Excelsior! In Café Society, Woody Allen returns to his favorite setting—the past—and emerges triumphant. He does that a lot, squeezing fabulous music, breathtaking scenery and nostalgic charm out of Paris, Rome, London, Barcelona and even Queens. But Hollywood is uncharted territory—a place that has always eluded, disoriented, challenged and intimidated him. Until now. Romantic, bittersweet and funny as hell, Café Society turns Hollywood inside out, rooting through the superficial tinsel to find the real tinsel. You go away gobsmacked, beaming and happy to be both.
Written by: Woody Allen
The setting is the not-so-great Depression which, through Woody’s eyes, never seemed less depressed. When it begins with “I Didn’t Know What Time it Was” by Benny Goodman & His Orchestra, you know you’re in for some welcome class, and Woody delivers it in spades with the arrival in the Land of La of Bobby Dorfman (Jesse Eisenberg), a Jewish dork from the Bronx who has come to seek fame and fortune, rub elbows with some movie stars and get laid. His only contact is his unctuous Uncle Phil (Steve Carell), a pretentious, cigar-smoking agent who lives it up thriving on rumors, gossip, deals and martinis, entertaining the B-list around his swimming pool at sundown. Uncle Phil drops names with every breath he takes (“Adolphe Menjou is threatening to walk off the picture,” “Ginger Rogers has been trying to reach me!”), but he finally invents a menial job for Bobby out of guilt for the family back in the Bronx.
His sister Rose is Bobby’s mother (Jeannie Berlin, who sounds exactly like her own mother, Elaine May). Phil assigns his pretty assistant Vonnie (Kristen Stewart) to show his nephew around on a tour of movie star homes, and although he never comes any closer to a real star than the ones on the screen at Grauman’s Chinese Theatre on Hollywood Boulevard, Bobby falls for Vonnie. This is a bad idea since Vonnie is sleeping with a lover of her own who must remain a secret because he’s a married man. (He also turns out to be Uncle Phil.) Brokenhearted and devastated, Bobby returns to New York, marries another girl named Vonnie (short for “Veronica”), played by Blake Lively, and joins up at the top of the Manhattan social register running a nightclub owned by his brother Benny (Corey Stoll), aptly called Café Society.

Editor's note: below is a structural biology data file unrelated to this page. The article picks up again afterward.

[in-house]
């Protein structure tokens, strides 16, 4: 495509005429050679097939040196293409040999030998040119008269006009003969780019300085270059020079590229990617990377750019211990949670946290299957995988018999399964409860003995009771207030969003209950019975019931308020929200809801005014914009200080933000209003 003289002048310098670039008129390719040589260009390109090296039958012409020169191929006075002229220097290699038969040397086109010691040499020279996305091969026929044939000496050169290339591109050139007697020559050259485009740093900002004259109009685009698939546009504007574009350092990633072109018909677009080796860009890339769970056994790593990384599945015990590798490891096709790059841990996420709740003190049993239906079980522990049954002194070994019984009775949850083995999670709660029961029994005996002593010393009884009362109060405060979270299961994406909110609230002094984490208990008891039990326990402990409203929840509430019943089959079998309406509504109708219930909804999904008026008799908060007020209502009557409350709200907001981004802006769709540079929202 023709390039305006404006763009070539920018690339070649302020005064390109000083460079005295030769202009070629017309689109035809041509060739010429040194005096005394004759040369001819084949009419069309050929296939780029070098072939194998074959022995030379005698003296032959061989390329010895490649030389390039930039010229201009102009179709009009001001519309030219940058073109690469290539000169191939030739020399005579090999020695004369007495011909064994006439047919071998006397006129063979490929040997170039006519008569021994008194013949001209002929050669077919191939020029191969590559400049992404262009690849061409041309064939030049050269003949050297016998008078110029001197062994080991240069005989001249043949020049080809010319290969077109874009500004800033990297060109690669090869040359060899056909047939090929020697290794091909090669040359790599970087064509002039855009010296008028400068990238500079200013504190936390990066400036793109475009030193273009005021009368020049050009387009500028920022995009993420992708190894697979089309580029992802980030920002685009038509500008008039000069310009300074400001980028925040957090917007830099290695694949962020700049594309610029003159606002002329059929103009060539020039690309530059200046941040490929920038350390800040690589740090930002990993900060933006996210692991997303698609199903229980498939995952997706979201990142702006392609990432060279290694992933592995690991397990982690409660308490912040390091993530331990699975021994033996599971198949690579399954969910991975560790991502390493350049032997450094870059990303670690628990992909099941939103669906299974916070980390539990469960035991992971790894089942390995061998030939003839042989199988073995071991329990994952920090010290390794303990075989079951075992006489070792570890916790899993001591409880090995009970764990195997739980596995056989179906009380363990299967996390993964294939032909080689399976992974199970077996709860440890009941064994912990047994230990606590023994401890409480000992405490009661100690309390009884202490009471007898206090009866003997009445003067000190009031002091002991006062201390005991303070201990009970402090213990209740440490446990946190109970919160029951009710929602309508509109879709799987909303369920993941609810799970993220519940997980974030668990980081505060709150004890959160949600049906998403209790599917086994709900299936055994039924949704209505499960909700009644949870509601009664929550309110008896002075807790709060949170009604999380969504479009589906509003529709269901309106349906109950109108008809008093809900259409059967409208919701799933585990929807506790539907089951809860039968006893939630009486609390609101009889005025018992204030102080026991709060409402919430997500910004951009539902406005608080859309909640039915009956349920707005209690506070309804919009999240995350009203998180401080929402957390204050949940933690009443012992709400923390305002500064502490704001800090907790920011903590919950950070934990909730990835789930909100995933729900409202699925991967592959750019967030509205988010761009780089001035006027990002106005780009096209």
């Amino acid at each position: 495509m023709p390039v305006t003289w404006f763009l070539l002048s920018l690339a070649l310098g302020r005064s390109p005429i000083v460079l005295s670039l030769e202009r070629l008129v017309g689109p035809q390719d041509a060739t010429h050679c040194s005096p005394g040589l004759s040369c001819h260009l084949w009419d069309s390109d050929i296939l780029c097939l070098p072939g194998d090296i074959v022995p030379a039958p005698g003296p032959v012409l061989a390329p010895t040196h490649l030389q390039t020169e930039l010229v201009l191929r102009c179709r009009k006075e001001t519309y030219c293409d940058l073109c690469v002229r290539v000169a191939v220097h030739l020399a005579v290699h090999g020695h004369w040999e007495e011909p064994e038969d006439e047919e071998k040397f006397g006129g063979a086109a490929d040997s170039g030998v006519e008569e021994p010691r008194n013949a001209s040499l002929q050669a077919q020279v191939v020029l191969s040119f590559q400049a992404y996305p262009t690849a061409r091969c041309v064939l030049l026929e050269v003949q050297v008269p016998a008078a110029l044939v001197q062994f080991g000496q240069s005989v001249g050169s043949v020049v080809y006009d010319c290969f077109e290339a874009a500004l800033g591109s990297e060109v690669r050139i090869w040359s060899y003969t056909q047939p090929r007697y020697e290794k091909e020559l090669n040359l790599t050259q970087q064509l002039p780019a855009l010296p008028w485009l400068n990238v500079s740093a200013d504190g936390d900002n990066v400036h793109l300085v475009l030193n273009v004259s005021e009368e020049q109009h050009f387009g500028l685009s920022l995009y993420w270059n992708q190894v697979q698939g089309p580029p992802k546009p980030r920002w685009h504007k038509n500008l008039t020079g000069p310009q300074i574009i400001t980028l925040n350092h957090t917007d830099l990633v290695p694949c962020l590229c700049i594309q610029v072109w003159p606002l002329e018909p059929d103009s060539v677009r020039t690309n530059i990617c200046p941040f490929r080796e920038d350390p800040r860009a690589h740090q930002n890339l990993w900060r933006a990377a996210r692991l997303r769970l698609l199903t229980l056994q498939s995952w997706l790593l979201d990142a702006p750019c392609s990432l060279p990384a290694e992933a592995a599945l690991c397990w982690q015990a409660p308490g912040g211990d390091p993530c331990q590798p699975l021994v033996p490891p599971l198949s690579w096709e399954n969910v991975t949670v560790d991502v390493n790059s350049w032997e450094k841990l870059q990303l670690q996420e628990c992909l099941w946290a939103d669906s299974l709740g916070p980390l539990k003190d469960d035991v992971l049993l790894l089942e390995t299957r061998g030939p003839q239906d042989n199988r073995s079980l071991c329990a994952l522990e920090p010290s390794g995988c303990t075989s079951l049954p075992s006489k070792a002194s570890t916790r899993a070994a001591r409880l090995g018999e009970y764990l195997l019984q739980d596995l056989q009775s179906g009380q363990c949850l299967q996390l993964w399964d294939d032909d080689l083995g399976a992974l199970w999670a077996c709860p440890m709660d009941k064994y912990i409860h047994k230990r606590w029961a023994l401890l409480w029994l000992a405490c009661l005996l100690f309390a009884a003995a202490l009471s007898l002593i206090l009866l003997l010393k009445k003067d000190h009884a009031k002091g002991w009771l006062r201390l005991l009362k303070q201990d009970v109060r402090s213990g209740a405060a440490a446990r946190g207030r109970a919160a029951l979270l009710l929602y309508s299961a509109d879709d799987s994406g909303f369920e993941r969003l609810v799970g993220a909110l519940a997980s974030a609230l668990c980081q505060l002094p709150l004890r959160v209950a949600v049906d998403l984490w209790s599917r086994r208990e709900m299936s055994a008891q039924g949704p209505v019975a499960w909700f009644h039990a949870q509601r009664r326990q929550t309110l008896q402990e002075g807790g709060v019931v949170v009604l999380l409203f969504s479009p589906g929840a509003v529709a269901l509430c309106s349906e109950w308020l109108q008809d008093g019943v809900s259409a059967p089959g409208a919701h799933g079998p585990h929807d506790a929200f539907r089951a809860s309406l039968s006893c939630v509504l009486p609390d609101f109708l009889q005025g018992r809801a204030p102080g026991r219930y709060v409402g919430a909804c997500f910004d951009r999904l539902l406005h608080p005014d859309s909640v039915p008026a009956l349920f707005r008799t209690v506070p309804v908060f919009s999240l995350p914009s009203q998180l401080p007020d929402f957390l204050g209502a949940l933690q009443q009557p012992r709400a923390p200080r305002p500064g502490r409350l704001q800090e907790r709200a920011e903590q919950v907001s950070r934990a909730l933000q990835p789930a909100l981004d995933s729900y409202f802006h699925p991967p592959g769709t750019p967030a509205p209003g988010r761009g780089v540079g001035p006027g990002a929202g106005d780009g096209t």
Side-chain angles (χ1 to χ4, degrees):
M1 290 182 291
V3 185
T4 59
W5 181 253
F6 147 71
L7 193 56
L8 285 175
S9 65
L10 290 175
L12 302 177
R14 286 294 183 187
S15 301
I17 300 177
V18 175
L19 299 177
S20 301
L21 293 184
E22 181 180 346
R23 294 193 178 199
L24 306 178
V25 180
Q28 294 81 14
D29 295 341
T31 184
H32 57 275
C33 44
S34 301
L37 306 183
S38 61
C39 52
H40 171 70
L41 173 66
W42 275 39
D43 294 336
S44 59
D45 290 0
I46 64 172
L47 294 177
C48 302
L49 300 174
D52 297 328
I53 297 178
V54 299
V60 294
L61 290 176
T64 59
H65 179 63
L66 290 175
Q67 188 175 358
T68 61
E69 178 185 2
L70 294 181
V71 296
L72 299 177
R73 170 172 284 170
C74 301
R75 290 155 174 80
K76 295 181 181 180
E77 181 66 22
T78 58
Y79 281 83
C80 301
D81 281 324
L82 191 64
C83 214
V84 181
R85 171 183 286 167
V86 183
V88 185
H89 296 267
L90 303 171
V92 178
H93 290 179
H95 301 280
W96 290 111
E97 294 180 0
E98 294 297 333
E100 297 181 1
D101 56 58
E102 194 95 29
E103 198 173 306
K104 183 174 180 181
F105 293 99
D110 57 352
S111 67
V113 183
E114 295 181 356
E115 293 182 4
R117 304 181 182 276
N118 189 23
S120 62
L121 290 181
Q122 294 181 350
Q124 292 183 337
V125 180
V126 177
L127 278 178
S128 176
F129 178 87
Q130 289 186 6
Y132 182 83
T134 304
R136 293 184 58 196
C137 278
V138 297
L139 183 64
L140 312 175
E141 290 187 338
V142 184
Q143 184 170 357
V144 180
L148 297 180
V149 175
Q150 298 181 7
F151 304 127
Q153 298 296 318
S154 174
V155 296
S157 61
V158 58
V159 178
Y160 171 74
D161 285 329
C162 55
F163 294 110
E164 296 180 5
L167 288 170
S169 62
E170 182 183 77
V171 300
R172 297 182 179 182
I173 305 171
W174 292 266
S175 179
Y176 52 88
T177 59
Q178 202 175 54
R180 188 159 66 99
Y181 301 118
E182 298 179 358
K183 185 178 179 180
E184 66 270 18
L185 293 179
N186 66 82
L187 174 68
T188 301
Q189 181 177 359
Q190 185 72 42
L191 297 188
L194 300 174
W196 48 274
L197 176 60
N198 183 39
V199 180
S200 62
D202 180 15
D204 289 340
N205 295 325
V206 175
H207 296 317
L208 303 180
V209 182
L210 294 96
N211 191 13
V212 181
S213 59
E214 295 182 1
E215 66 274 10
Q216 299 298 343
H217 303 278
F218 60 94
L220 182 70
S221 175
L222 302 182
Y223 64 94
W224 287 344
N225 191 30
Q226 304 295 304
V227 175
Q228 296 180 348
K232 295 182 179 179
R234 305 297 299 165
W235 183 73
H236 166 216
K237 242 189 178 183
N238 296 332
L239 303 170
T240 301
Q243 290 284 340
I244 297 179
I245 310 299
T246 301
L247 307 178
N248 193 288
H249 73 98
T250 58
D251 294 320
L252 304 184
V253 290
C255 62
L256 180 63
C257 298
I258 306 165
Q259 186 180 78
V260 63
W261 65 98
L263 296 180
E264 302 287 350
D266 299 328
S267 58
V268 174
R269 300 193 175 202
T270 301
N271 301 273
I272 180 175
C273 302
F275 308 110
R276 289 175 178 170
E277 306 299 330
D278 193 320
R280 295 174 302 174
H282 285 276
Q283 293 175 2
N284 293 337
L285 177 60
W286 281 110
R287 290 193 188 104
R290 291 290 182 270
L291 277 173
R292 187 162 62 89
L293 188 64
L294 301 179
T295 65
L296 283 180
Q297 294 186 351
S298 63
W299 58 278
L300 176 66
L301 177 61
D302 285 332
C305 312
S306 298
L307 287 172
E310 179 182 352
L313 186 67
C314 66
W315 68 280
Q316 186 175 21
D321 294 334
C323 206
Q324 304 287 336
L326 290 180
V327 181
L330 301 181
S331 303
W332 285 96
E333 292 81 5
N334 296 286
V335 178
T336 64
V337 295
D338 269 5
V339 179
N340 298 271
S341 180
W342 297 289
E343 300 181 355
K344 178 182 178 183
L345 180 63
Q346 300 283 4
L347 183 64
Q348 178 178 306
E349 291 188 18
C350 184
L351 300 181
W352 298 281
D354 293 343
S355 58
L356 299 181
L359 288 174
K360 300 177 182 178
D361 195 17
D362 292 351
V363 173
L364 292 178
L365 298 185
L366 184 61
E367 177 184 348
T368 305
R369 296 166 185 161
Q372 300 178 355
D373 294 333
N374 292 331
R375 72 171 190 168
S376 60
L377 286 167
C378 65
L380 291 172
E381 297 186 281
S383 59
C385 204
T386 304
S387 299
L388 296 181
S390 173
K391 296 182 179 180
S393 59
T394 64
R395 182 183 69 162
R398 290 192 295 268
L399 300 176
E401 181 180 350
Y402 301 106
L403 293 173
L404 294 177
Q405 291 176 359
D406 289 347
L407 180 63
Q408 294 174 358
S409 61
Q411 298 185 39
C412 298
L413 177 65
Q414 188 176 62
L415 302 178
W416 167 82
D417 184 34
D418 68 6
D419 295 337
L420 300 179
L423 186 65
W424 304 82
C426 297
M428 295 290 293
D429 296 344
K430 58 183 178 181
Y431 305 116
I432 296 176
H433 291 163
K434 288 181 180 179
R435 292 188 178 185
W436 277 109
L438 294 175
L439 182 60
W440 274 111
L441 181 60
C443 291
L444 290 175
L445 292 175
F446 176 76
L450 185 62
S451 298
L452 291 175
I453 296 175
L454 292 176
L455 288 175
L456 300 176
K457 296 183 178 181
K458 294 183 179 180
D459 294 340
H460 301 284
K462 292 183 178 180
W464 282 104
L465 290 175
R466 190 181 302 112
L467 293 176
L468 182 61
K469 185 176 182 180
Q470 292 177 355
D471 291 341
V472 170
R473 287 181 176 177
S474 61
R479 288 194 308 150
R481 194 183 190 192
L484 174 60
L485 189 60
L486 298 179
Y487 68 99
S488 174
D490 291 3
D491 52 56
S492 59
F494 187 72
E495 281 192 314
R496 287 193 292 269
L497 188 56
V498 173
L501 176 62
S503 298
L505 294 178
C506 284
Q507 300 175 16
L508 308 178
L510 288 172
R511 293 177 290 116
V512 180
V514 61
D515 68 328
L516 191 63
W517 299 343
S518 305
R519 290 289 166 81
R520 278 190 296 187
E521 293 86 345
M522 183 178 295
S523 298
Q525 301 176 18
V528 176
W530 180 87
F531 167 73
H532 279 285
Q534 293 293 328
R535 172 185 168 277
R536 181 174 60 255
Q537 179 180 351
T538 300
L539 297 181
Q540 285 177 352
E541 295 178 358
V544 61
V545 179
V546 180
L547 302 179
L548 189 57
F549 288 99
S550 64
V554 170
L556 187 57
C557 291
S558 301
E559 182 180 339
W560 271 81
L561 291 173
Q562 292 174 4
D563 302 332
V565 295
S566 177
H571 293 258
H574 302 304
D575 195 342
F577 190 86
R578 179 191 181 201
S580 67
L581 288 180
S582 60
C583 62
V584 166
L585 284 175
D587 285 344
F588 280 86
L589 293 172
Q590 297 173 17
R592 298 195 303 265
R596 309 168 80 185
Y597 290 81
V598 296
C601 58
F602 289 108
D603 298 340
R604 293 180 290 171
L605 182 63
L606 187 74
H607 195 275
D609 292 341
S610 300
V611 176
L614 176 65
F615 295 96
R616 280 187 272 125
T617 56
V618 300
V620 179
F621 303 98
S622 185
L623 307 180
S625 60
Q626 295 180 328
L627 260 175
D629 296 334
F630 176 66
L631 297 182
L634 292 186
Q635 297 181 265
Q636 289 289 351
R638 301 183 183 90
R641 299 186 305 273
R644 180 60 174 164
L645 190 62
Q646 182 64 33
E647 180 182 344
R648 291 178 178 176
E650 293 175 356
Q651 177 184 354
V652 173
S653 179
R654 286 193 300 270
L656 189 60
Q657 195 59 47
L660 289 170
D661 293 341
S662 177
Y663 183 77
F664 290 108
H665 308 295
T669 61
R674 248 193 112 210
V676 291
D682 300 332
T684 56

Here the movie switches gears, and the people Bobby met in Hollywood waft in and out of his new life as a Manhattan celebrity, all of them connected by an association with Benny, who without the family’s knowledge, is a gangster with a talent for burying his enemies in cement shoes. The good-for-nothing Benny, played with smarmy but appealing gusto by Stoll, is probably the only man who could tell you the whereabouts of Jimmy Hoffa. In one of the loopier of the film’s many subplots, Benny converts to Christianity in the hope of an afterlife. The film is chock full of anti-Semitic references, including Lively’s observation as the bodies of Benny’s adversaries pile up in empty parking lots: “It’s true what they say—you people are pushy.”
It might occur to you about now that there is nothing remotely plausible about Café Society, and you’re right. It couldn’t matter less because like Radio Days, Blue Jasmine, Manhattan Murder Mystery and all of Woody’s great movies, this is a tall tale from the unique vision of a man with his own memory of how things were, are and should be. The twisted events that play out like a jazz riff are figments of Woody’s exuberant imagination. The past comes alive like a movie he runs in his mind, in fragments. Instead of a lot of depth, the movie has a linear simplicity that, in light of all the pretentious, convoluted junk we’re getting these days, is wonderfully refreshing. It’s crisp and dripping with style. The music, played incessantly by Vince Giordano and the Nighthawks, as well as some of New York’s other top jazz musicians, is marvelous. Santo Loquasto’s sets dazzle with the sophisticated enchantment of New York in its salad days, whether such a place existed or not. The gorgeous period feel by the great cinematographer Vittorio Storaro (Last Tango in Paris, Apocalypse Now) brings out the hues and color schemes of Woody’s different moods as the film shifts from capricious to solemn, always within the context of the director’s trademark whimsy.
Let us be perfectly clear, as the candidates are so fond of saying in this election year, Café Society is a cause for rejoicing.